Banner photo of Larry Eugene Meredith, Ronald Tipton and Patrick Flynn, 2017.

The good times are memories
In the drinking of elder men...

-- Larry E.
Time II

Tuesday, November 30, 2010

Where Civilization Crumbles: Viewing Rockwood

So we are gathered under the spreading chestnut tree or what the heck this spreading tree is. We've been mulling time over our mulled wines and now it is time to pick up where we left off the other day when our batteries died.

This little grouping of chairs is on the front or back yard of the Rockwood Mansion. I have still not figured out what to call this yard, perhaps I'll just refer to it as The Yard. There really isn't a yard on the other side, the front of the building, just a driveway.

Now one of my invisible buddies here, probably after a one, two or few cups, chides me about this constant battery problem I keep having. He wants to know if I'm entering my dotage never being properly prepared for my excursions.

His friend, also invisible, is even more invective.

"You have two battery chargers sitting in a drawer under a virtual log jam of rechargeable batteries. Why aren't you all charged up, man?"

Good question, but to tell the truth I've found the rechargeable batteries sometimes undependable and yes, I tend to forget to plug in the charger enough ahead to assure a full charge. So I just go out and buy a pack of Duracell Coppertops. I picked up a 20 pack yesterday for $7.50. That's not a bad price. I don't get Energizers too often ever since the Bunny Rabbit United Union filed complaints about the Energizing Bunny not taken any breaks and just going and going and going. I think the last straw was when those aliens hooked his ears to jumper cables.

But enough of this chit-chat or we'll never get through this place. Let's get back on the trail where I left off last time I brought you all here. We had just swung around some evergreens behind the expanse of The Yard. That path just looks out on another wide splotch of grass, the yard beyond The Yard.

We're going to follow this path hereabout and see what kinds of things might be happening today.

It is, as usual for me, early in the morning, not long after sunrise. There were no cars in the parking lot when I arrived and still weren't as I started this walk.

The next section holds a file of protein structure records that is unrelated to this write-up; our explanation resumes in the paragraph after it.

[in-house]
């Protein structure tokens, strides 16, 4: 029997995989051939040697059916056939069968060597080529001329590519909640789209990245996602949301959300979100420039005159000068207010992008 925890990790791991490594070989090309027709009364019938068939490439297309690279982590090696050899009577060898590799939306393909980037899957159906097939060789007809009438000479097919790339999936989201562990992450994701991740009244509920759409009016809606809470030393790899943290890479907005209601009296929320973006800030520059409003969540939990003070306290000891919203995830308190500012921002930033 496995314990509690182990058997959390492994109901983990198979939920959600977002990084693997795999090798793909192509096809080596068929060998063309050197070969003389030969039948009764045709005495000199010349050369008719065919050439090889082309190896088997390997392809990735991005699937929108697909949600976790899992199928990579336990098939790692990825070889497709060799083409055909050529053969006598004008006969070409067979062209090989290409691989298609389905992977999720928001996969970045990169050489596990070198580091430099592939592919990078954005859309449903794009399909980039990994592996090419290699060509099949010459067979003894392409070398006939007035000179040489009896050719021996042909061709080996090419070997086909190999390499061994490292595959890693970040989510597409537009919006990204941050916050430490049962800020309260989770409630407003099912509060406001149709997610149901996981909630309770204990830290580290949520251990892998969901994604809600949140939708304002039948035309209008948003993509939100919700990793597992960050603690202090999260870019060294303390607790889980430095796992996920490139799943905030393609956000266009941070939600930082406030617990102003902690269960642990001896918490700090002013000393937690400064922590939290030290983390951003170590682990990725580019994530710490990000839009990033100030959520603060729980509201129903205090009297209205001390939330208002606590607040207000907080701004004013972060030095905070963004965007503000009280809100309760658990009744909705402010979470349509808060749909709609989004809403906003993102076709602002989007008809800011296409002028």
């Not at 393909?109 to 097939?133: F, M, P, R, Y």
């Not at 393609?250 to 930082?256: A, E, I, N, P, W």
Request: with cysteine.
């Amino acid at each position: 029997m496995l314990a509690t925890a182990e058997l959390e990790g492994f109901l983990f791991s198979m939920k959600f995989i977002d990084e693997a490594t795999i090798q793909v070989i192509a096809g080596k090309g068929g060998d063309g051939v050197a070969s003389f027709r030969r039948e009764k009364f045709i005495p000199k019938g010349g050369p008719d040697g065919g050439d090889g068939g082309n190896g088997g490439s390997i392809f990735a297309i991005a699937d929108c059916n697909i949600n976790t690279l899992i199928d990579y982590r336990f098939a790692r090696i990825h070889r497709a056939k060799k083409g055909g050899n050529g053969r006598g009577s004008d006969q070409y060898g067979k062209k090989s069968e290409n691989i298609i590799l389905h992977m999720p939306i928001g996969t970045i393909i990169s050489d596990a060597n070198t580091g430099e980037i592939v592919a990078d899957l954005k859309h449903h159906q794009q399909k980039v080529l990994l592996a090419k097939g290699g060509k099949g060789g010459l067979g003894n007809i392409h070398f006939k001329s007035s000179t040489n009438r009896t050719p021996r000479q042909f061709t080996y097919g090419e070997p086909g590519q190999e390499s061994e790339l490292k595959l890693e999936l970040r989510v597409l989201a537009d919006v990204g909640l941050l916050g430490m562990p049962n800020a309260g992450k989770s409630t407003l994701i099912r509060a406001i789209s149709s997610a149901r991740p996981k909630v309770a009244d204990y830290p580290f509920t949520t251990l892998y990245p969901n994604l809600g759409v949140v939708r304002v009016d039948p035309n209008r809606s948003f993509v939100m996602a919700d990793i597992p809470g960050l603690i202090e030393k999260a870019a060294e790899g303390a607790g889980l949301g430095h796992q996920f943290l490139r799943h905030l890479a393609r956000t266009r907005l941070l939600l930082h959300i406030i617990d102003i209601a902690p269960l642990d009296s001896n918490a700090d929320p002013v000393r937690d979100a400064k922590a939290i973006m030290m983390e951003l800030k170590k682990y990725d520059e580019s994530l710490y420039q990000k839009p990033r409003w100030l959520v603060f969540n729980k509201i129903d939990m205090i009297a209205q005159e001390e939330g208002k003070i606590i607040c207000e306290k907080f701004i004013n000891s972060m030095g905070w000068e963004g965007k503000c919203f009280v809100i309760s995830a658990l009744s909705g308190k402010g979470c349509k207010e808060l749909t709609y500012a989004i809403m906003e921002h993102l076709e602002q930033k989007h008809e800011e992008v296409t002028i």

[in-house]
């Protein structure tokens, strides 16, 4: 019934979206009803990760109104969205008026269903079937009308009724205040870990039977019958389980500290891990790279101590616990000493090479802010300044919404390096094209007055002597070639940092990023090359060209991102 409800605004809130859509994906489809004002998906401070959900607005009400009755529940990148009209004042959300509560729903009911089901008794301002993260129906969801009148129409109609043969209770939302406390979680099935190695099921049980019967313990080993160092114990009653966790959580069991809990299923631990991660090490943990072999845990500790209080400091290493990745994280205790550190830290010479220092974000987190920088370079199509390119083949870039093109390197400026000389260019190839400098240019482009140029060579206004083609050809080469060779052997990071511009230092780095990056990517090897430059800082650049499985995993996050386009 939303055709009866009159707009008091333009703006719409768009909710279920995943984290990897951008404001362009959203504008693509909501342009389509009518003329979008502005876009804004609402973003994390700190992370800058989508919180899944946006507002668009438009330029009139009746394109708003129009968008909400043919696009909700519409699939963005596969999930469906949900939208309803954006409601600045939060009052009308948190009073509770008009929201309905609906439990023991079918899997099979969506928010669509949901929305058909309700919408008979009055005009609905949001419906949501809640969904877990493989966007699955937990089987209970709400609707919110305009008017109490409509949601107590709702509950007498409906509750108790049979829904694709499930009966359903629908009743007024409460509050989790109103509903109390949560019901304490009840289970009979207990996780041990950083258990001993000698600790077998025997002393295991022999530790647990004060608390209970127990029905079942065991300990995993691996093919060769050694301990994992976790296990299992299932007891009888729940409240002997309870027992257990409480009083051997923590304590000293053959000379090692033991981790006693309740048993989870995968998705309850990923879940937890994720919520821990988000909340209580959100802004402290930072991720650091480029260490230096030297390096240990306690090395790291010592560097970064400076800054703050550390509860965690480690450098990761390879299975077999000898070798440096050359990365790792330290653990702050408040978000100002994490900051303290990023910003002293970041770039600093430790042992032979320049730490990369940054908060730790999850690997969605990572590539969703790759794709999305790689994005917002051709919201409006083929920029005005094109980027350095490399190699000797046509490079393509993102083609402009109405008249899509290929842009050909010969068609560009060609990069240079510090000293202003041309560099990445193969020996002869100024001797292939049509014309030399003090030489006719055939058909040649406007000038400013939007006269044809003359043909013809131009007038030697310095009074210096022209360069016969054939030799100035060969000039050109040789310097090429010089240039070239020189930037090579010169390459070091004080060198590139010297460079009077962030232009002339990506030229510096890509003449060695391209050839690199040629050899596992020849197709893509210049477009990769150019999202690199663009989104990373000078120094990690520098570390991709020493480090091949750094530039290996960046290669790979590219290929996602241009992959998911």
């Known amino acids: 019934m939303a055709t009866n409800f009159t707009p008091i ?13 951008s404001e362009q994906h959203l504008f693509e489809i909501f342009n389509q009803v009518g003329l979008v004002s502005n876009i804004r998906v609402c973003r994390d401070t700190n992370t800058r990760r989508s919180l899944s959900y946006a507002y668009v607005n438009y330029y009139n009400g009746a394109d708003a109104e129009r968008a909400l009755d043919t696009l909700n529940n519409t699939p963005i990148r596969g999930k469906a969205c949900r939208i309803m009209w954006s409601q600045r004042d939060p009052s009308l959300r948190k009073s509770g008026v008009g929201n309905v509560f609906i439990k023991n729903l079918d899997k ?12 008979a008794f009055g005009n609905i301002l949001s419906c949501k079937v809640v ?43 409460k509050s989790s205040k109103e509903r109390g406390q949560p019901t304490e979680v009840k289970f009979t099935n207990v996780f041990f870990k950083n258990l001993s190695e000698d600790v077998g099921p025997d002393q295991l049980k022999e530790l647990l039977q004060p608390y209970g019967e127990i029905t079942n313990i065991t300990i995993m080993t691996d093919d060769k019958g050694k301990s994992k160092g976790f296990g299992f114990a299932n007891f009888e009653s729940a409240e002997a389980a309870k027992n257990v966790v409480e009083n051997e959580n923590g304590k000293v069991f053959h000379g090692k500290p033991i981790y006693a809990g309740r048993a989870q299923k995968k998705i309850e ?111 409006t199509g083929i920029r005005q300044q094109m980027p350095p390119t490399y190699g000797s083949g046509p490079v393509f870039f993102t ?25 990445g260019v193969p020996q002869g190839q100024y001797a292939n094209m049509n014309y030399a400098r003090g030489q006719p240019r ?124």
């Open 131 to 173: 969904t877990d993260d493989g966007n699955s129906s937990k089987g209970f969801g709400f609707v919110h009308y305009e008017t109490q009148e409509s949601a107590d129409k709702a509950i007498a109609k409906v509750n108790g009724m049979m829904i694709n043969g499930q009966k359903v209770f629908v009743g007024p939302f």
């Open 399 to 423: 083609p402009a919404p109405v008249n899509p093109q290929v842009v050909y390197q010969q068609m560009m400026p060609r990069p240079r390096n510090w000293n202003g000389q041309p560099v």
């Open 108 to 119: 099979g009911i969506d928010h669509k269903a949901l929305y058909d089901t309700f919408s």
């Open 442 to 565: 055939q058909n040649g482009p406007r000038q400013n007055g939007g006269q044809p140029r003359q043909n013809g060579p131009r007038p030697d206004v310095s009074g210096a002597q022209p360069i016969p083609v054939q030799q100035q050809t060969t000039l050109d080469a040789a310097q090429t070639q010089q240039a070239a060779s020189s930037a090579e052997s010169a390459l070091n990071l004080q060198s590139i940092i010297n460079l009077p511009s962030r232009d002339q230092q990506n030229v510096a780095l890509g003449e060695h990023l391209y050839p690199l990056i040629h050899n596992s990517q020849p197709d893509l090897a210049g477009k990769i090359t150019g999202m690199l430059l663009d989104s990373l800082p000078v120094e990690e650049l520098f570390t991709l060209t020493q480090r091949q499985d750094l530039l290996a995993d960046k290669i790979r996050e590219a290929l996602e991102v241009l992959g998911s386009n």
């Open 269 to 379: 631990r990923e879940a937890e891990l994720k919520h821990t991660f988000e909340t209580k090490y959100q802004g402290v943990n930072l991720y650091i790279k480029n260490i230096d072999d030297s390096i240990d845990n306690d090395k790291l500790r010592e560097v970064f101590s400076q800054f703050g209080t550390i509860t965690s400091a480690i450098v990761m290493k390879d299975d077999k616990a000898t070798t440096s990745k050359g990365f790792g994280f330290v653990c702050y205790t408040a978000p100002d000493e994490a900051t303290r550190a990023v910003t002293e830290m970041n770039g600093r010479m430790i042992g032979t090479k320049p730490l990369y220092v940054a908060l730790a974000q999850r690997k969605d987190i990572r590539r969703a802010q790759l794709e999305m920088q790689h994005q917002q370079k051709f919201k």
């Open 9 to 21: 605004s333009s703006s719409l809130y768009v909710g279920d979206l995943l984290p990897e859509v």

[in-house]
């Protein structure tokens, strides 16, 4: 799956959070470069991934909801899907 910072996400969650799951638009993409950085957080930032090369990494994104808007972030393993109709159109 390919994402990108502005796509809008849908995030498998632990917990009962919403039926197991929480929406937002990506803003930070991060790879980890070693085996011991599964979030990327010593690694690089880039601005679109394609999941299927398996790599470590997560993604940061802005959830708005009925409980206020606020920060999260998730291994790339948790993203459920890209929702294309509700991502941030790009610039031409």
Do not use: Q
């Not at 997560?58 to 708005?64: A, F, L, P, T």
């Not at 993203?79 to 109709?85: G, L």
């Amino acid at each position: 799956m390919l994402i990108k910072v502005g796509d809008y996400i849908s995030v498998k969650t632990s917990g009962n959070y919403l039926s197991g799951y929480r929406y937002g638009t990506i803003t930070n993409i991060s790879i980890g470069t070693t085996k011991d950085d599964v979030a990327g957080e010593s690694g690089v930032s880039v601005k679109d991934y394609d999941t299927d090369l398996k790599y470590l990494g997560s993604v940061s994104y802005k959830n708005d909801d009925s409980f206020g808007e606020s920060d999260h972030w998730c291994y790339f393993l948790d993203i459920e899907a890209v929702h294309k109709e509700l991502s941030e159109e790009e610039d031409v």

Doesn't mean we won't make some acquaintances along the way. This is on the Northern Greenway after all and people stroll in here from Bellevue and Bringhurst (remember we mentioned Mary Bringhurst last visit) and even Alapocas Run.

Personally, I often like it this way, quiet solitude. It is a funny thing how some trails attract a crowd and others leave you with plenty of elbow room. For some reason you hit more traffic out in Brandywine Creek State Park. Lot of walkers and a lot of bicyclist seem attracted there for some reason. The Little Woman and I like to walk there as well, but for the most part it is a straight wide path through the woods along side the Brandywine. It doesn't have the twists, turns, hills and thrills of this place, which may be the reason for the preference and the feeling it is where civilization crumbles and sets me free of its hold.

Oh by the way, we can see the whole back of the mansion from here.

We actually walked Brandywine Creek State Park a lot, especially back when the kids were little. We would take them there to romp. It is there we find the example of bureaucracy good mad, a handicap parking spot next to the start of the hiking trail.

I've walked Brandywine Park probably more than any other actually. Now don't get confused, Brandywine Park is in downtown Wilmington and near the start of the Northern Greenway. It is a city park, not a state park. Being downtown is why I walked it more than any other because I always went for a long walk on my lunch hour when I worked in town.

Oh, one thing you will notice, Joseph Shipley, or perhaps the Bringhursts, were very fond of gazebos and they pop up several times at Rockwood. We saw one down in the lower pasture a couple photos back and we'll come to one on the high ground later.

We just passed one at the edge of The Yard.

I had to stop here and tie my shoelaces. For some reason modern shoelaces won't stay laced. You tie, walk a bit, and have to retie.

Now where were our thoughts as we strolled past the gazebo point? Ah, we were talking about Brandywine Creek State Park and Brandywine Park. It does get a bit confusing in this region. You cross the state line going north and you can add Brandywine Battlefield Park and Brandywine Picnic Park to the list. The Little Woman and I have done our share of hiking in the Brandywine Battlefield, too. It's pretty hilly and both George Washington and Lafayette slept there at one time. That was before Rockwood was built, of course.

Oh, look, another Ha-ha, tee-hee!